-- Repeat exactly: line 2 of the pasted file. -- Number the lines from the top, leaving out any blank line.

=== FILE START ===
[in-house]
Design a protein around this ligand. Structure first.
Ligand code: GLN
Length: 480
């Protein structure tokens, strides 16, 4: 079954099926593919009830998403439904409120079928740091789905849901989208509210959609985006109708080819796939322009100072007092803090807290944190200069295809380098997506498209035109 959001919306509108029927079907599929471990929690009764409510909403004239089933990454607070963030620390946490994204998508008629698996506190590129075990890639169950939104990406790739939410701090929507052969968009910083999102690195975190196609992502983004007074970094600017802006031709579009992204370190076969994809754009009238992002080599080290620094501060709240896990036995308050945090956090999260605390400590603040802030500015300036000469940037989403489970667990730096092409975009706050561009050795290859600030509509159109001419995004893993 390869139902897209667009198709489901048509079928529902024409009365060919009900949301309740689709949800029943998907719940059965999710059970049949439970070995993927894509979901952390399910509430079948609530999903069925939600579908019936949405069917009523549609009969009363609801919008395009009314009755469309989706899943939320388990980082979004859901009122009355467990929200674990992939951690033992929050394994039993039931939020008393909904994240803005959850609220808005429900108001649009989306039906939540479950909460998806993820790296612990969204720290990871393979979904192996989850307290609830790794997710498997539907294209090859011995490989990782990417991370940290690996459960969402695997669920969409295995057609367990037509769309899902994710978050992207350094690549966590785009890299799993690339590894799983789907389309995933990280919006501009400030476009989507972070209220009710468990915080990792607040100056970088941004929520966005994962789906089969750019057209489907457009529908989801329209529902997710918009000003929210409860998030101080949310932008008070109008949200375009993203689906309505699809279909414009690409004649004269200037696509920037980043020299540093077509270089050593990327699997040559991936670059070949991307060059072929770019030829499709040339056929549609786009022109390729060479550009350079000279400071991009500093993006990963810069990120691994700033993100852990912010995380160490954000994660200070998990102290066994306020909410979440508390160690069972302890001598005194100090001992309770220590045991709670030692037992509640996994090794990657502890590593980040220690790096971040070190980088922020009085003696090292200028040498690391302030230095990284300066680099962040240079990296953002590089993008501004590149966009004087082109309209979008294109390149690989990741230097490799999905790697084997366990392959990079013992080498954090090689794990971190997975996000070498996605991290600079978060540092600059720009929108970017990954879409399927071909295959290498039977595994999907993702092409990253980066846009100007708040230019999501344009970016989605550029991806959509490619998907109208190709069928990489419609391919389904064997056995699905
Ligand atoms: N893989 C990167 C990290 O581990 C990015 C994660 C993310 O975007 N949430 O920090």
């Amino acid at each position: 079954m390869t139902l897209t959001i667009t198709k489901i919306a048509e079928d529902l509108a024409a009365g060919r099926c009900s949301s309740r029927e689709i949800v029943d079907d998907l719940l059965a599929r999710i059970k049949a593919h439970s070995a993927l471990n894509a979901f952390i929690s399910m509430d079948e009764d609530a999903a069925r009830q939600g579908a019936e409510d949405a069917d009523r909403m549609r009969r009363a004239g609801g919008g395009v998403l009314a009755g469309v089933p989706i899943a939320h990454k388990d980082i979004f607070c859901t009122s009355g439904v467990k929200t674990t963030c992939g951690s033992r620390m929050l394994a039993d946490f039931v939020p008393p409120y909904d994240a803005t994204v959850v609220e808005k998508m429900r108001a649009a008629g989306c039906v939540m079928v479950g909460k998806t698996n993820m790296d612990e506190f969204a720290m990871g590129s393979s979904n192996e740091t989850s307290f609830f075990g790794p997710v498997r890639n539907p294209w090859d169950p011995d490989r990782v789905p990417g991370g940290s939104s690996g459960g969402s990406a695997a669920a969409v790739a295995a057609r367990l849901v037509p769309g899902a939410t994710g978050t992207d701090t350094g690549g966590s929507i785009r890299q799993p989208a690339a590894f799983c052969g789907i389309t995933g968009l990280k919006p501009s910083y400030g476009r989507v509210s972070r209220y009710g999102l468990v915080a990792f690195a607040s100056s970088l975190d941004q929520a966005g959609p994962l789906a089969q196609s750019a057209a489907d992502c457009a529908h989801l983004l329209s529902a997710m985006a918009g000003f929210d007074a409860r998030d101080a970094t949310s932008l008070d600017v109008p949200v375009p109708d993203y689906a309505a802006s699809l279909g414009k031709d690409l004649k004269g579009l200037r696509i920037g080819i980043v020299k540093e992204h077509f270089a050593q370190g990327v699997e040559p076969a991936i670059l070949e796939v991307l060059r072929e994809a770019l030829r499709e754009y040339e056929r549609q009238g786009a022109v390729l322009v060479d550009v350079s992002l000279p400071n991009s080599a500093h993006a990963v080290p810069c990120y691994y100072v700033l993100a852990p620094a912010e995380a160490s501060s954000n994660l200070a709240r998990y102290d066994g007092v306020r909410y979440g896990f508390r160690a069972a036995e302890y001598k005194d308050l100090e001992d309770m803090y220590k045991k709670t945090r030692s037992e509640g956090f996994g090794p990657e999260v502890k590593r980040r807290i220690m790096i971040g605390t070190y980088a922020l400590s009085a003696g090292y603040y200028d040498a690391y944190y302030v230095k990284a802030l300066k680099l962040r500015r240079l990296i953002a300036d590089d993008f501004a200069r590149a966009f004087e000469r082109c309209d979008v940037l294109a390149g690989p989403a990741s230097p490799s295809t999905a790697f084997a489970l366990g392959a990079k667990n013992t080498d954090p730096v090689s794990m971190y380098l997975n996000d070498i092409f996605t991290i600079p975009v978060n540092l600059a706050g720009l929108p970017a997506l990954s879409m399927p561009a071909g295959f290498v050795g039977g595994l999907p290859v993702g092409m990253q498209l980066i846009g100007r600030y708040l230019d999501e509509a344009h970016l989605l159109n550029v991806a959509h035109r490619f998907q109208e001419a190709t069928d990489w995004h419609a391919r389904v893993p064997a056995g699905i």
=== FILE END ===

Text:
Design a protein around this ligand. Structure first.